Serhy Yekelchyk | A global-minded approach to teaching about Ukraine

Serhy Yekelchyk

University of Victoria



SERHY YEKELCHYK is a professor of history and Slavic studies at the University of Victoria and current president of the Canadian Association for Ukrainian Studies. Born and educated in Ukraine, he received his PhD from the University of Alberta in 2000 and taught at the University of Michigan (Ann Arbor). Professor Yekelchyk is the author of six books on Ukrainian history and Ukrainian-Russian relations, including Ukraine: Birth of a Modern Nation (2007), which has been translated into five languages. His monograph Stalin’s Citizens: Everyday Politics in the Wake of Total War (2014) received the “Best Book” award from the American Association for Ukrainian Studies. Dr. Yekelchyk’s most recent book is The Conflict in Ukraine: What Everyone Needs to Know (2015). He is currently completing a history of the Ukrainian Revolution of 1917–20.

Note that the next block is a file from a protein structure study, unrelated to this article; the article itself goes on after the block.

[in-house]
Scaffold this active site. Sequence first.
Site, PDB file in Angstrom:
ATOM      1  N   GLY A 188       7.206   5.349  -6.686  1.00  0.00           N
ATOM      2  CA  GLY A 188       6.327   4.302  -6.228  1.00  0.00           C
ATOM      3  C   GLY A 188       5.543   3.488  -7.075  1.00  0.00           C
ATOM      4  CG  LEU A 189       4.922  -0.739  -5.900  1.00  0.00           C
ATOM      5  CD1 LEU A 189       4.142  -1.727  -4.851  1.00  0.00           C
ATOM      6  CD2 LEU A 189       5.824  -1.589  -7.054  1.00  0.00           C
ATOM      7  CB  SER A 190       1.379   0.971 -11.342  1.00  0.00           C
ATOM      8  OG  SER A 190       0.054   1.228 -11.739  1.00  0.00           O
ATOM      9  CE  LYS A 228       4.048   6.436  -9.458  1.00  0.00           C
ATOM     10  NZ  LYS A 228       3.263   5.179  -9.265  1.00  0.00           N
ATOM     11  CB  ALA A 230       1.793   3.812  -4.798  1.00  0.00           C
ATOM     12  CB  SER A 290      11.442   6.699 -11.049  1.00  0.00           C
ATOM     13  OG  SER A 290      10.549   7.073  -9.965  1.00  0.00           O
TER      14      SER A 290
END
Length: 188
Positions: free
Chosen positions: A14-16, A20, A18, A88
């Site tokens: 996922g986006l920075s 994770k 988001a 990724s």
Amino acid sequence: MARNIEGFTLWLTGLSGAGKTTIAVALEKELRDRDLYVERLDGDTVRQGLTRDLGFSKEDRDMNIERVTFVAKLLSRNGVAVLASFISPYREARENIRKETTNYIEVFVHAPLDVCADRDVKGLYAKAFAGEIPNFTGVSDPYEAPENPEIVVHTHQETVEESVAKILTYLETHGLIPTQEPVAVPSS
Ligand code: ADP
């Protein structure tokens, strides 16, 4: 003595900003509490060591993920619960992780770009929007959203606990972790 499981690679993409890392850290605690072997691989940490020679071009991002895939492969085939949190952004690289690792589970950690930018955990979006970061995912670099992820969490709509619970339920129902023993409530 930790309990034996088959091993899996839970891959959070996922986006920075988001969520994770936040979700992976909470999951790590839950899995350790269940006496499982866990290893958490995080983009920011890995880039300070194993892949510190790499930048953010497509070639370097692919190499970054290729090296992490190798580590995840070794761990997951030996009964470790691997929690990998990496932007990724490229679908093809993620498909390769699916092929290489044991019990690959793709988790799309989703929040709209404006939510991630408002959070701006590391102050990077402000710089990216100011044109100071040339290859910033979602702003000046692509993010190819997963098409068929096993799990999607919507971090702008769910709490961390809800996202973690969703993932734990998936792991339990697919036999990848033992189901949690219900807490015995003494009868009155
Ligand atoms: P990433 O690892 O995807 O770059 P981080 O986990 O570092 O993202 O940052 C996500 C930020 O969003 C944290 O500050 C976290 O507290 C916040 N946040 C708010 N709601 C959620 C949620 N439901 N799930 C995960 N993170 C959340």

I am going to start by making an introductory comment about something positive, which the chair of the previous panel was asking for several times, and I thought I would finally answer with a positive starting point—namely, that I represent here a program that is brand new and actually is being built rather than being in decline or undergoing difficulties. But the challenge of being part of a small university—not really so small anymore, but one in which Ukrainian studies will always probably be a part of some wider curriculum—presents us with a number of interesting opportunities. One of them is: if you have a university with two people in Ukrainian studies, neither of whom was in fact hired as a Ukrainian specialist, then that is essentially a bonus to the university. But how do you take advantage of this bonus if you ended up there as a Russianist and then your spouse was hired as well, basically as a Slavist, and both of you want to introduce Ukrainian courses? Well, we did, teaching Ukrainian language at the beginner’s level and teaching a Ukrainian history class as well (which is rather well subscribed, with usually between thirty and forty students). In order to systematize my ideas [about our approach to establishing and developing Ukrainian studies at the University of Victoria], I thought I would engage the rather tired metaphor of “one world”—which sounds like a commercial slogan for an airline or the banking industry, or something like that, the overused and tired language of globalization—but I thought I would try to work with it and see if it can actually apply in this particular case.